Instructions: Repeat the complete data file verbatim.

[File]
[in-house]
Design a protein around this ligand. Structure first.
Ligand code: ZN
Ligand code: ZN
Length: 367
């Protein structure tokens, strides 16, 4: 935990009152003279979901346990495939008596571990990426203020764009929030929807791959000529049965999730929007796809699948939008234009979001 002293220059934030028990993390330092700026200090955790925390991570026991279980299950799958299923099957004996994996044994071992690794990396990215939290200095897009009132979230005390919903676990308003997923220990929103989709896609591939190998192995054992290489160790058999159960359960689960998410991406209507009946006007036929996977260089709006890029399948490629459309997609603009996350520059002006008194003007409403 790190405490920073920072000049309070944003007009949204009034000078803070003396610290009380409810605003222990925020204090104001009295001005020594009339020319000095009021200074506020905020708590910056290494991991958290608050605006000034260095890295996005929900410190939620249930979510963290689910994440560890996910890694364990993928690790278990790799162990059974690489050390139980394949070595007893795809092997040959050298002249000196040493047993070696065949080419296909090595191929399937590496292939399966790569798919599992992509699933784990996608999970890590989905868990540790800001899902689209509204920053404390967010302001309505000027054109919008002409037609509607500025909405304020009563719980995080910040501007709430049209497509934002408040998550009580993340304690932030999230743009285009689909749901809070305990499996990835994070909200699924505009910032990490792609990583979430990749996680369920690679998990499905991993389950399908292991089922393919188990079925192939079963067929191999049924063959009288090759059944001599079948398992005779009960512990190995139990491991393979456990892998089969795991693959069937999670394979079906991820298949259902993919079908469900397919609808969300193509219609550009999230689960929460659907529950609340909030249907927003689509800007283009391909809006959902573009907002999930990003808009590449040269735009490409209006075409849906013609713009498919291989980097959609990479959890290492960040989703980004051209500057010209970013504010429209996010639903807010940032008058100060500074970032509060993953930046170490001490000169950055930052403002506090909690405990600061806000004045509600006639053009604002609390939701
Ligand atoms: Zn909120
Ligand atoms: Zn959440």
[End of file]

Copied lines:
[in-house]
Design a protein around this ligand. Structure first.
Ligand code: ZN
Ligand code: ZN
Length: 367
């Protein structure tokens, strides 16, 4: 935990009152003279979901346990495939008596571990990426203020764009929030929807791959000529049965999730929007796809699948939008234009979001 002293220059934030028990993390330092700026200090955790925390991570026991279980299950799958299923099957004996994996044994071992690794990396990215939290200095897009009132979230005390919903676990308003997923220990929103989709896609591939190998192995054992290489160790058999159960359960689960998410991406209507009946006007036929996977260089709006890029399948490629459309997609603009996350520059002006008194003007409403 790190405490920073920072000049309070944003007009949204009034000078803070003396610290009380409810605003222990925020204090104001009295001005020594009339020319000095009021200074506020905020708590910056290494991991958290608050605006000034260095890295996005929900410190939620249930979510963290689910994440560890996910890694364990993928690790278990790799162990059974690489050390139980394949070595007893795809092997040959050298002249000196040493047993070696065949080419296909090595191929399937590496292939399966790569798919599992992509699933784990996608999970890590989905868990540790800001899902689209509204920053404390967010302001309505000027054109919008002409037609509607500025909405304020009563719980995080910040501007709430049209497509934002408040998550009580993340304690932030999230743009285009689909749901809070305990499996990835994070909200699924505009910032990490792609990583979430990749996680369920690679998990499905991993389950399908292991089922393919188990079925192939079963067929191999049924063959009288090759059944001599079948398992005779009960512990190995139990491991393979456990892998089969795991693959069937999670394979079906991820298949259902993919079908469900397919609808969300193509219609550009999230689960929460659907529950609340909030249907927003689509800007283009391909809006959902573009907002999930990003808009590449040269735009490409209006075409849906013609713009498919291989980097959609990479959890290492960040989703980004051209500057010209970013504010429209996010639903807010940032008058100060500074970032509060993953930046170490001490000169950055930052403002506090909690405990600061806000004045509600006639053009604002609390939701
Ligand atoms: Zn909120
Ligand atoms: Zn959440």